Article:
Today is World Cancer Day and I thought it was appropriate that I share a review on a book I just finished reading.


Title: The Mission Is Remission: Hope for Battling Cancer
Author: Pat Williams
ISBN-10: 0757317820 ISBN-13: 9780757317828
Publisher: HCI Books
Publication Date: 3/4/2014
Category: Memoir/Cancer/Inspiration


When a man who has run 58 marathons and is actively involved in sports and sports management is told that he has a rare and incurable blood cancer, myeloma, he doesn’t take this news lying down!

Pat Williams who serves as senior vice president of the NBA’s Orlando Magic and has in the past led the Philadelphia 76ers too to the finals is also a motivational speaker. When Pat was given his diagnosis of multiple myeloma , in 2011, he called on his faith and inner reserves and decided that his mantra would be ‘the mission is remission’.

When the doctor gave Pat his diagnosis, he told him that the cancer was incurable but treatable and outlined how he thought Pat would be able to manage this. After stem cell treatment and rounds of chemotherapy, the myeloma could no longer be detected. The book is based on the factors that the doctor mentioned and the author shares how these gave him hope and helped him to fight against the disease. These factors are:

1. A Positive Outlook – Pat outlines how he moved from denial to be realistically optimistic. Using quotes and examples from other cancer survivors, the author gave a lot of ways of how one can maintain a positive outlook post-diagnosis.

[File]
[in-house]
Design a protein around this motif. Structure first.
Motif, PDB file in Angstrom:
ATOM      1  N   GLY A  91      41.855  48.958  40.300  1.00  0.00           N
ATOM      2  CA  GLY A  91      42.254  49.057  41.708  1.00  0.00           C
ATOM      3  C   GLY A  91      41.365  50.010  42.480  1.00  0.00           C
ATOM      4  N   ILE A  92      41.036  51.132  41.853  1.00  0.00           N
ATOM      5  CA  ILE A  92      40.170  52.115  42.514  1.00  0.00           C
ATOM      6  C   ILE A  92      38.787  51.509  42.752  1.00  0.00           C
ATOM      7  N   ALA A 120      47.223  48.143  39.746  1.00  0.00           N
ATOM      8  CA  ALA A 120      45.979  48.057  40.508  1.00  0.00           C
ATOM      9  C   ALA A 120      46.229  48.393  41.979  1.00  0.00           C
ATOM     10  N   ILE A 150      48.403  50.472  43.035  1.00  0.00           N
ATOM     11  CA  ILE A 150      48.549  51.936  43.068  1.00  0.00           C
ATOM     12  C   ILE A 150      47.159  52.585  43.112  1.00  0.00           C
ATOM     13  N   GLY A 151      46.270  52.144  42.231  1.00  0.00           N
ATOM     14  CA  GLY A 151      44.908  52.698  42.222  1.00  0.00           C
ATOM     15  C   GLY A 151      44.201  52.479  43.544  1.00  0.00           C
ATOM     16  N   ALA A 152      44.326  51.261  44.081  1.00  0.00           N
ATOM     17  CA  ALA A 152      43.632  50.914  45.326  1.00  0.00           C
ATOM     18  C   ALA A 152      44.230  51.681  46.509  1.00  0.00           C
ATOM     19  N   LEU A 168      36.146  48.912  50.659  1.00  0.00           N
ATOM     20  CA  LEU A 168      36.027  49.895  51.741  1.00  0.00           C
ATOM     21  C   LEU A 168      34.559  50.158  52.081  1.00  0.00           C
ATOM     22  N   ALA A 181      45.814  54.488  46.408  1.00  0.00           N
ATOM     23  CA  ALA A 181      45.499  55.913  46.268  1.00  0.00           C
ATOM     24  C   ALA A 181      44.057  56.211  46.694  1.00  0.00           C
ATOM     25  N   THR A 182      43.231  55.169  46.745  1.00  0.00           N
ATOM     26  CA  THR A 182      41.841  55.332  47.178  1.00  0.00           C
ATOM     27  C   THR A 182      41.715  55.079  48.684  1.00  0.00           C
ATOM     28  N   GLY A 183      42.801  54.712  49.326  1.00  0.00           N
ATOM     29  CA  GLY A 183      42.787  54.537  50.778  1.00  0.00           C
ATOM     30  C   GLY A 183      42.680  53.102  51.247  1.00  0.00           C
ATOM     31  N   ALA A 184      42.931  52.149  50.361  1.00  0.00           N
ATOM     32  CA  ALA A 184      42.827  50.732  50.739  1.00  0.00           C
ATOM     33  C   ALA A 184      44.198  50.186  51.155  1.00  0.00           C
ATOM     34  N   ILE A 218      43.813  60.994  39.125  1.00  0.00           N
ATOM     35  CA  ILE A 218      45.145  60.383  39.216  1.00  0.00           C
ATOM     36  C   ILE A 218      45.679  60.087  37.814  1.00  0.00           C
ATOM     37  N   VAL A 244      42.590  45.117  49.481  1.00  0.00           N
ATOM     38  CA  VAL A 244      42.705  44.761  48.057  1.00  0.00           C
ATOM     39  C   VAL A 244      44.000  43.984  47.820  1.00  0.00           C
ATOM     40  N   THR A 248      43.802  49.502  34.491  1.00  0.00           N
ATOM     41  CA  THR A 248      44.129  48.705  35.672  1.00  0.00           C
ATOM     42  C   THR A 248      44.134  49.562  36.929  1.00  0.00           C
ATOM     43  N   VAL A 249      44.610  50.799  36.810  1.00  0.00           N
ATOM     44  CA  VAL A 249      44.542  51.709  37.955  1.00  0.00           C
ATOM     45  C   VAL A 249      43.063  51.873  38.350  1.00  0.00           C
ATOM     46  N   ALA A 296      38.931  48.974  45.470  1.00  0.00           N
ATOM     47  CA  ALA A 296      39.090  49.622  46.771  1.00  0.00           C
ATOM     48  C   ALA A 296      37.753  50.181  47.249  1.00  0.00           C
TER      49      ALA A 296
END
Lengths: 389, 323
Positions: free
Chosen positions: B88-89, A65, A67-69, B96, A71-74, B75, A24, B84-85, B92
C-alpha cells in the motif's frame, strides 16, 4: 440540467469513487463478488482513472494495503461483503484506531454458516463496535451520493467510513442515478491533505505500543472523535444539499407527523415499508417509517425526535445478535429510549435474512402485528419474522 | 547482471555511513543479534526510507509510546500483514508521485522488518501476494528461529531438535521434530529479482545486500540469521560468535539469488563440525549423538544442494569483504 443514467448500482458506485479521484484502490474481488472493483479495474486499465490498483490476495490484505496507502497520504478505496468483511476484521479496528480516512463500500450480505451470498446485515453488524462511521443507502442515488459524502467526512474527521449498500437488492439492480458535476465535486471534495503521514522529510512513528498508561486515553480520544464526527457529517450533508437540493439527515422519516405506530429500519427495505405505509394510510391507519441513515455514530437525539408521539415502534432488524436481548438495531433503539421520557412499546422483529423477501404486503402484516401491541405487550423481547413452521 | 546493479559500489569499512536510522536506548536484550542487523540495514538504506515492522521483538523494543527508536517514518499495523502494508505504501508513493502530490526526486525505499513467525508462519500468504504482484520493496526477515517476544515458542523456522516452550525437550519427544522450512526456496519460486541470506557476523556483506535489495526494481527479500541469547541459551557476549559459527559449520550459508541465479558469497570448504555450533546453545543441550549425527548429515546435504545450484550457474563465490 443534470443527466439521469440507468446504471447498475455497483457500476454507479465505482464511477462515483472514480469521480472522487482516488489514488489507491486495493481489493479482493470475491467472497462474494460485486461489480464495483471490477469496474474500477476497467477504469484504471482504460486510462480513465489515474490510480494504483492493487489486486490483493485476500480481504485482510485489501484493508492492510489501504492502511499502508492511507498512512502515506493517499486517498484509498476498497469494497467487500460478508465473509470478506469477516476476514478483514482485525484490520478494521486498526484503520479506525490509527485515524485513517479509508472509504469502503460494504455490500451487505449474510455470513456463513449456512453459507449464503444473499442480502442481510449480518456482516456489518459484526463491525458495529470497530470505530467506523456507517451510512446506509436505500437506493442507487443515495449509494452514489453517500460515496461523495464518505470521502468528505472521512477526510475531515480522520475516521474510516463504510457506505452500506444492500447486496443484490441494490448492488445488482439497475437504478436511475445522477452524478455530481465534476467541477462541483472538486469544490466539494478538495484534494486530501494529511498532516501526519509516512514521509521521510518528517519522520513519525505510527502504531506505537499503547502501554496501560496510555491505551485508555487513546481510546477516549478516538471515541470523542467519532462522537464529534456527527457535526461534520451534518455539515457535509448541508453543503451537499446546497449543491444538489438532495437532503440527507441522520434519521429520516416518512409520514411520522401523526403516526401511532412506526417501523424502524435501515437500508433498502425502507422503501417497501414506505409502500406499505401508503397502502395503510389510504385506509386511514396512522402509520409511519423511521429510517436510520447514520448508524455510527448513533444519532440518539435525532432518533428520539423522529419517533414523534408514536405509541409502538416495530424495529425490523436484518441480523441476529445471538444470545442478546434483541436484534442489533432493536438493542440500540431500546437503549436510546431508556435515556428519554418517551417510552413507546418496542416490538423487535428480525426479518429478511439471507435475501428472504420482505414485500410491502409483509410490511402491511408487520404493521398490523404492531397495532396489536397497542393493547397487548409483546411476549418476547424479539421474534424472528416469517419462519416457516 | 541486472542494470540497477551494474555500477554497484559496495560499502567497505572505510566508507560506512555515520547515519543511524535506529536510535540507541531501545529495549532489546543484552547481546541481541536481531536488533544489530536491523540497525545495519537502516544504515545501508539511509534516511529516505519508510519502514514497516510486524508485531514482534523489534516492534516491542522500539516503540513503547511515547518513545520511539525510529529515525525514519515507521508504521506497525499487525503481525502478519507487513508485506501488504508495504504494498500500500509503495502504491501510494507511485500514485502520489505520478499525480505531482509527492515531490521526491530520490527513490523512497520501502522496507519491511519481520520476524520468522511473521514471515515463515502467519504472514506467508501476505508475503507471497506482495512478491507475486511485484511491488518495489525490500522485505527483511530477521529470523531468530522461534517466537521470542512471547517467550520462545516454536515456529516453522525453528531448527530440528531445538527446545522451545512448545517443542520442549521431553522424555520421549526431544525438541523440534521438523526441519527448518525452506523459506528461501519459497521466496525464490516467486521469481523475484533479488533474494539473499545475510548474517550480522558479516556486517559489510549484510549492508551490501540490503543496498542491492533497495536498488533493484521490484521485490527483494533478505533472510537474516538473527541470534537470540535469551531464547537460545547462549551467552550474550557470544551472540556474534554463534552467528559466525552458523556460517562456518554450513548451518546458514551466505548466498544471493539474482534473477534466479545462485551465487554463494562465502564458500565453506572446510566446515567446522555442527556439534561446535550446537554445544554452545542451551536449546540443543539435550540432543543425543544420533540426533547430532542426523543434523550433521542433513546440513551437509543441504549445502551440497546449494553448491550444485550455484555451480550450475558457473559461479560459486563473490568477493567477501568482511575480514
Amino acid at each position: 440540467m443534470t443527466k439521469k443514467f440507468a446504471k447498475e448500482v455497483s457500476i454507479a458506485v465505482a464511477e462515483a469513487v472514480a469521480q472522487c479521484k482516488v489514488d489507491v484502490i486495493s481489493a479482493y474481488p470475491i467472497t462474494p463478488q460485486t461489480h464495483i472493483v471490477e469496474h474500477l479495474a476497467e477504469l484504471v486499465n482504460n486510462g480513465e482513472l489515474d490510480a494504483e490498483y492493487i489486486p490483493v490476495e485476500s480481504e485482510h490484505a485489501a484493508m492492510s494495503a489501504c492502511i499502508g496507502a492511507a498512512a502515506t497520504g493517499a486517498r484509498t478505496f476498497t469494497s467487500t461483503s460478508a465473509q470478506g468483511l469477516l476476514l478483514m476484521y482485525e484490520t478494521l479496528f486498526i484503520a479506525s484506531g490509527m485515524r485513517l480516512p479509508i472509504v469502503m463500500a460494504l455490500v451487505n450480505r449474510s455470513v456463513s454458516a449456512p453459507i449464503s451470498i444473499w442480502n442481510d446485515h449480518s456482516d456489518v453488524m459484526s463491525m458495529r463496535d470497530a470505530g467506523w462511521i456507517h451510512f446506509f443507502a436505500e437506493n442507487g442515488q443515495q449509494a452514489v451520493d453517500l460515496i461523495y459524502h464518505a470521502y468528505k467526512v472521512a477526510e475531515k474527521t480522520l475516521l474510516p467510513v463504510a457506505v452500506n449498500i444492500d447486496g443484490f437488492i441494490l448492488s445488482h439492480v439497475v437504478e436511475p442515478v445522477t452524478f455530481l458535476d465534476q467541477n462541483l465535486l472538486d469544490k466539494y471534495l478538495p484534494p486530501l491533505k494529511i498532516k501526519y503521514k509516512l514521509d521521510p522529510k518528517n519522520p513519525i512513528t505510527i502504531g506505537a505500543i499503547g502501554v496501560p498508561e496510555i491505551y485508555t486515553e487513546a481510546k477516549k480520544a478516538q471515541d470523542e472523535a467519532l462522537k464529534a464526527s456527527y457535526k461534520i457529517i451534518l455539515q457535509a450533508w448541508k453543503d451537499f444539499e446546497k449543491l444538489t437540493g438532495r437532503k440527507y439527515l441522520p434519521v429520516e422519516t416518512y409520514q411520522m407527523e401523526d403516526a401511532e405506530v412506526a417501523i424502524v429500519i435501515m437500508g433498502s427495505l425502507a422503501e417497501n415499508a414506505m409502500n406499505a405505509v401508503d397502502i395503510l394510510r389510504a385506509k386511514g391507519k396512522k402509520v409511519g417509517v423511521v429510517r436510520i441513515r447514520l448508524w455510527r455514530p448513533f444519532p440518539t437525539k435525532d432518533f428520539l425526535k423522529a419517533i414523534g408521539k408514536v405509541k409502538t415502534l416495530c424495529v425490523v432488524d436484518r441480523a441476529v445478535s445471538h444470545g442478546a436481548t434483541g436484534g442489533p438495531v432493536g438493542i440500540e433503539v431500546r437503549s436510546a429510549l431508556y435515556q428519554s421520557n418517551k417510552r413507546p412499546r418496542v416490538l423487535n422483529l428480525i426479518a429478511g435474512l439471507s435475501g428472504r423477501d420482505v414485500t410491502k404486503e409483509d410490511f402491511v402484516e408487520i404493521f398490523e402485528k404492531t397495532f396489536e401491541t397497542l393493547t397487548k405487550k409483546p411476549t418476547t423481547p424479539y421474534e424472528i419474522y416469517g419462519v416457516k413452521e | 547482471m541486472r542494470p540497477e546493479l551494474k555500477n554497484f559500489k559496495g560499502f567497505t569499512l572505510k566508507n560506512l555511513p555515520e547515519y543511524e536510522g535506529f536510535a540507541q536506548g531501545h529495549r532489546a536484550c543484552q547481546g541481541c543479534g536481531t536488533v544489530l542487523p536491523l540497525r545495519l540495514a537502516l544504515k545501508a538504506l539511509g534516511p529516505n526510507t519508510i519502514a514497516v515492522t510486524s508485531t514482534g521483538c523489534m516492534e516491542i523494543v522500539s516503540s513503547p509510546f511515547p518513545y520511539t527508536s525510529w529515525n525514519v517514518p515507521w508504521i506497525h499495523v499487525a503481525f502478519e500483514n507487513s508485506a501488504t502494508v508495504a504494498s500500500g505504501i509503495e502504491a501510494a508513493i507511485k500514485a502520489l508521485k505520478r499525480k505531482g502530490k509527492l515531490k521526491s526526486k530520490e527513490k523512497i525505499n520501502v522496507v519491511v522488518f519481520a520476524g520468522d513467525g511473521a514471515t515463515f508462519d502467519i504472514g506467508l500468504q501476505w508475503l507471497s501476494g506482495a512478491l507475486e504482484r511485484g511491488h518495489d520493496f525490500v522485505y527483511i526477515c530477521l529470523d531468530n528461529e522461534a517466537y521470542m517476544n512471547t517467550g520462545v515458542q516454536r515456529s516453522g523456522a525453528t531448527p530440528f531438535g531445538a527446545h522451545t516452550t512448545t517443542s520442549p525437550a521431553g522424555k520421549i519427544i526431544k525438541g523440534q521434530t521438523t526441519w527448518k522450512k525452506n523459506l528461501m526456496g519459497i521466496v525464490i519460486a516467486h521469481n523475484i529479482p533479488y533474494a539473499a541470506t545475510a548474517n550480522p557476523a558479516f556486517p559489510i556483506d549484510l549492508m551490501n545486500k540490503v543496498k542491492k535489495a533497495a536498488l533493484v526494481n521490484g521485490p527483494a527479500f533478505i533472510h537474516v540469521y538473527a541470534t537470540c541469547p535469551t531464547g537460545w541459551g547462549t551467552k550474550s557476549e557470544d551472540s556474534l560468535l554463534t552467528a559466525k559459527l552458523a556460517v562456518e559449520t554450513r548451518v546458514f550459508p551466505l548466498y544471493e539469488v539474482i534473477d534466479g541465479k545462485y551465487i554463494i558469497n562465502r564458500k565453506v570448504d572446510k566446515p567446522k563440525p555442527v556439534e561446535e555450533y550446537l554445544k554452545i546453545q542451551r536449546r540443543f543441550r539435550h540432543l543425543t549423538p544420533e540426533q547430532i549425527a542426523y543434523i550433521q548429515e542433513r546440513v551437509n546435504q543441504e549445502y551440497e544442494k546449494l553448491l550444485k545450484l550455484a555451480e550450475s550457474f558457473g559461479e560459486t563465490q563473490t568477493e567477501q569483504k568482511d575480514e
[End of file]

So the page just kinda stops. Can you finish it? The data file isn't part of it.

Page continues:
2. Keeping Fit – Although Pat was always fit with his marathon background, it was now difficult for him to exercise because myeloma causes the bones to be brittle. However, his advice to use diet, exercise based on doctors’ advice etc is priceless. I found this chapter could apply to anyone.

3. A Durable Faith – The author talks about his Christian faith helping him to be grateful and hopeful and how prayer helped him and others cancer patients to grow strong.

4. A Loving Family – Pat has a 18 children – five biological and fourteen adopted! He pulled his family together – wife, children, grandchildren and siblings to help him fight this. I liked some of the very valid points about forgiveness and healing of families, as well as the very useful tips for families of cancer sufferers.

5. Caring Friends – Again some very useful ideas of how friends can offer support, including things like ‘what not to say’! 🙂

6. A Supportive community – The author encourages those suffering from cancer to connect to organizations and groups that fight cancer and that fund-raise and attempt to share information and work with them.

I like the way the book is written in many voices, as Pat pulled in his family, friends, colleagues, other cancer survivors to share their experiences of his fight against cancer and their own.

I found the book informative and inspiring.



PS: When you read my review in conjunction with this post from my blogger friend, Kathy Combs, you realize just how important Pat’s book is. Thanks for sharing, Kathy.